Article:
Judge issues game-changing ruling in Bulgarian coal plant case

Media release

18 December 2019

A Bulgarian court has ruled that notorious coal plant Brikel cannot burn potentially dangerous waste without a thorough assessment of the environmental impact.

The judgment comes amid a surge of local resistance to waste-burning in coal plants – and is a major blow for Bulgarian coal operators, as they search for ways to keep the industry alive.

Under European Union and Bulgarian law, the environmental and health risks of a plant’s activity have to be checked via an Environmental Impact Assessment (EIA). But Bulgaria’s environment authorities decided to skip this assessment, while allowing ageing Brikel power plant to burn waste and biomass alongside coal.

Without this assessment, the risks related to the burning of waste and biomass remained uncharted. Lawyers representing Za Zemiata Access to Justice, working with ClientEarth, launched legal action to make sure that this essential assessment be conducted.

ClientEarth lawyer Dominique Doyle said: “Bulgaria’s coal plants have an abysmal track record of illegal pollution and shaky permitting. It’s crucial that a proper assessment establishing the level of danger posed to people and nature be carried out. This is a major win for the local population who have been fighting for their concerns to be heard and their rights recognised.”

Meglena Antonova, campaigner for Greenpeace Bulgaria, said: “Whether it’s burning coal or burning waste – neither approach has a future. We have won this court battle – but what we need is a national plan to transition beyond coal, including improving energy efficiency, introducing modern storage solutions and producing energy from renewable sources.

“We cannot be lured by false alternatives like burning waste. The government is wasting valuable time instead of introducing and developing existing alternatives.”

Brikel’s coal-burning activities mean it already emits harmful pollutants, which are disastrous for the health of nearby residents. The 55-year-old plant is in Galabovo, south-central Bulgaria, and sits inside the infamous Maritsa East coal complex.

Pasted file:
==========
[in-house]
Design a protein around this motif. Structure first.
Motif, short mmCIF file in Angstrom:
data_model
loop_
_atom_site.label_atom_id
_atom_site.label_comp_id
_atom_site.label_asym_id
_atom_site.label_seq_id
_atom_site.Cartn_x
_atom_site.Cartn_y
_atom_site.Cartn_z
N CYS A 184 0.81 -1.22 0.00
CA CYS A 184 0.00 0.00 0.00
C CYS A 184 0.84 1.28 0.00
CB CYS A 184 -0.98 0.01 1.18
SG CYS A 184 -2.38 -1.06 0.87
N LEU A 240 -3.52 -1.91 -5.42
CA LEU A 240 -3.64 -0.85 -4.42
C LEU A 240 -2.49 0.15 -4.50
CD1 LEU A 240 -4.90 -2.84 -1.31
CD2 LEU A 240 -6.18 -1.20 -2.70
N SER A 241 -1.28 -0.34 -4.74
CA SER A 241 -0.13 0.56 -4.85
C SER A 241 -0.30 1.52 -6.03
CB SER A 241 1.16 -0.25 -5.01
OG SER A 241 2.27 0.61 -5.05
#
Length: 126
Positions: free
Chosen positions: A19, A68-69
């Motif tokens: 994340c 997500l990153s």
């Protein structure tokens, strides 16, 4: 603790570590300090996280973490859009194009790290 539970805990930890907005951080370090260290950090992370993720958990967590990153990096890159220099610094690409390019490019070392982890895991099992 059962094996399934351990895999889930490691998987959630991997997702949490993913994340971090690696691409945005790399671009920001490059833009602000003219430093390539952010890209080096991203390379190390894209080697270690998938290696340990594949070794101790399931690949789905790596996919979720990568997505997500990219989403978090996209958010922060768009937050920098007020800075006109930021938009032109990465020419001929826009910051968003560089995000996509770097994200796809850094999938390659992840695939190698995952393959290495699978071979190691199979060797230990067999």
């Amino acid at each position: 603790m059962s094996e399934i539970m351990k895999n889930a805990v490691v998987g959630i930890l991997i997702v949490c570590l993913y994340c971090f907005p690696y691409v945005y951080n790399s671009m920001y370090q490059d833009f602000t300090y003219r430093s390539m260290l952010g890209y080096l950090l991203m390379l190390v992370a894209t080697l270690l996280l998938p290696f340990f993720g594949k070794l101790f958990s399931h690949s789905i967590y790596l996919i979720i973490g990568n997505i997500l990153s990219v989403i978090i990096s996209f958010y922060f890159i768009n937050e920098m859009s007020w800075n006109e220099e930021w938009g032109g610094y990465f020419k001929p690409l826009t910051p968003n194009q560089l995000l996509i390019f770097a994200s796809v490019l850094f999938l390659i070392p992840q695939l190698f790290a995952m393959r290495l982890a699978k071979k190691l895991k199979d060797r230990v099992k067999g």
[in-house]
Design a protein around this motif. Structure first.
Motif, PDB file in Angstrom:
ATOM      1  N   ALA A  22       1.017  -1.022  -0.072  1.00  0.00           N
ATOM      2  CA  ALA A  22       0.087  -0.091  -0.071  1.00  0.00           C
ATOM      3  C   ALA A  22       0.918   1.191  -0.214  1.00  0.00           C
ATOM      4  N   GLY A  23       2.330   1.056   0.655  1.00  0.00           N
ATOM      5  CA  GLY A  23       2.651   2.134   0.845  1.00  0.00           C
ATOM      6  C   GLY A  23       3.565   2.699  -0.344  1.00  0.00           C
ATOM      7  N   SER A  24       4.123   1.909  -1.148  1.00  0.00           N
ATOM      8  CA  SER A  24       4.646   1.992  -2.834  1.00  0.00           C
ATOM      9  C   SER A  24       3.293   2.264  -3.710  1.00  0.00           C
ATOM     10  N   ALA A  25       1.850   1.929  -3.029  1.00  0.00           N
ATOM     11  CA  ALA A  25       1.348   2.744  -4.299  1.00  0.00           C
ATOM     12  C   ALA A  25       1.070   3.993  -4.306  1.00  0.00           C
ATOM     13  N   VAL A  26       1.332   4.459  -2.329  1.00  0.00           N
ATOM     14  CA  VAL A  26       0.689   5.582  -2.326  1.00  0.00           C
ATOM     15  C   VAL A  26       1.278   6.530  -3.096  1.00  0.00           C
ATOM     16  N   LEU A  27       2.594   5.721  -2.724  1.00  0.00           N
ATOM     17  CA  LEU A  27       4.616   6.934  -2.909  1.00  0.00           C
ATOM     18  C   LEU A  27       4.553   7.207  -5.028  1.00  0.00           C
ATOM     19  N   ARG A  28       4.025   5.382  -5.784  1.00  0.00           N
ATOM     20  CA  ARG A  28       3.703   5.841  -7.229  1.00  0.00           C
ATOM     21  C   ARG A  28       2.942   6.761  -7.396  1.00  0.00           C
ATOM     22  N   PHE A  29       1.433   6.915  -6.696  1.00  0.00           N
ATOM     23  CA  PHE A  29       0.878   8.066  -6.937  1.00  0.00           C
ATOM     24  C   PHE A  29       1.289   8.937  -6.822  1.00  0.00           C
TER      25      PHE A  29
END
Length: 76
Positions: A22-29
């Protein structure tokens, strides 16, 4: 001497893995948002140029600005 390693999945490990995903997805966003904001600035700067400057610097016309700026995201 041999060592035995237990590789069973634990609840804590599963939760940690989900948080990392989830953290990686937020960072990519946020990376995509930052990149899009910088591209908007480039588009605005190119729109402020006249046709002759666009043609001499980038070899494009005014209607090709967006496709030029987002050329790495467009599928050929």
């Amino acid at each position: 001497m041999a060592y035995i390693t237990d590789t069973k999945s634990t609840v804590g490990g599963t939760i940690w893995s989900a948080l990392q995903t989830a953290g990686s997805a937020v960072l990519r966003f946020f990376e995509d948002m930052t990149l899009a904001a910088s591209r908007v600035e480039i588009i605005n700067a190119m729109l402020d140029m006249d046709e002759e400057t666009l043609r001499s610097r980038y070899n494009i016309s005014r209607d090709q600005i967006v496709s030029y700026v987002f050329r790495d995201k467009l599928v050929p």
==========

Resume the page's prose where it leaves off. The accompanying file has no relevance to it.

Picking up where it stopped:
The town has the EU’s highest levels of dangerous sulphur dioxide, known to cause respiratory issues. The plant has a shameful record of environmental non-compliance and experiences frequent operational issues due to its age and poor technical condition.

Burning unknown waste in a plant of this condition and with this record raises serious concerns for people in Galabovo and the environment.

The Administrative Court of Stara Zagora has now urged the environment authorities to consider undertaking an assessment of the environment and health risk of burning waste.

The assessment will evaluate the impact of chemicals released from waste burning, such as dioxins, which are highly toxic and can cause reproductive and developmental problems, damage the immune system, interfere with hormones and also cause cancer.

The decision concludes months of protest by local people and environmental organisations. Public dissatisfaction with the increasing number of coal-fired power plants is mounting. The waste-burning saga was the last straw for the local people in Galabovo, who have seen the power plant site turn into a dumping ground.


Notes to editors

Burning waste is the latest fad of the Bulgarian coal industry. The content of the waste is unknown to the public and the impacts on health and environment unclear.

Bulgaria has some of the dirtiest air in Europe. It has the highest concentrations of urban particulate matter (PM2.5 and PM10) of all EU member states. The European Environment Agency estimates that three out of four Bulgarian citizens are exposed to concentrations of pollution above EU standards.

Pollution in Galabovo has already been noted by the Supreme Administrative Court, when it denied Brikel an expansion, citing significant air pollution in Galabovo caused by Brikel and surrounding plants.

Za Zemiata Access to Justice, working with ClientEarth, has also launched a court case after the Balkans’ largest coal plant was awarded indefinite permission to expose thousands of people to dangerous levels of mercury and sulphur dioxide.

ClientEarth has supported a range of legal actions in Bulgaria over unlawful state aid and misuse of state aid to the coal industry, and in relation to illegal mining.

For an overview of Bulgaria’s endemic coal problem, watch Al Jazeera’s short report.

About Za Zemiata Access to Justice
Za Zemiata Access to Justice is an environmental campaigning and legal coalition, formed of members of Friends of the Earth Bulgaria, Greenpeace Bulgaria, and Bankwatch CEE.

About ClientEarth
ClientEarth is a charity that uses the power of the law to protect people and planet. We know the law is an incredibly powerful tool for change and environmental protection. From our offices in London, Brussels, Warsaw, Berlin, Madrid and Beijing, we work on developing laws that combat climate change and protect nature. When those laws are broken, we go to court to enforce them.

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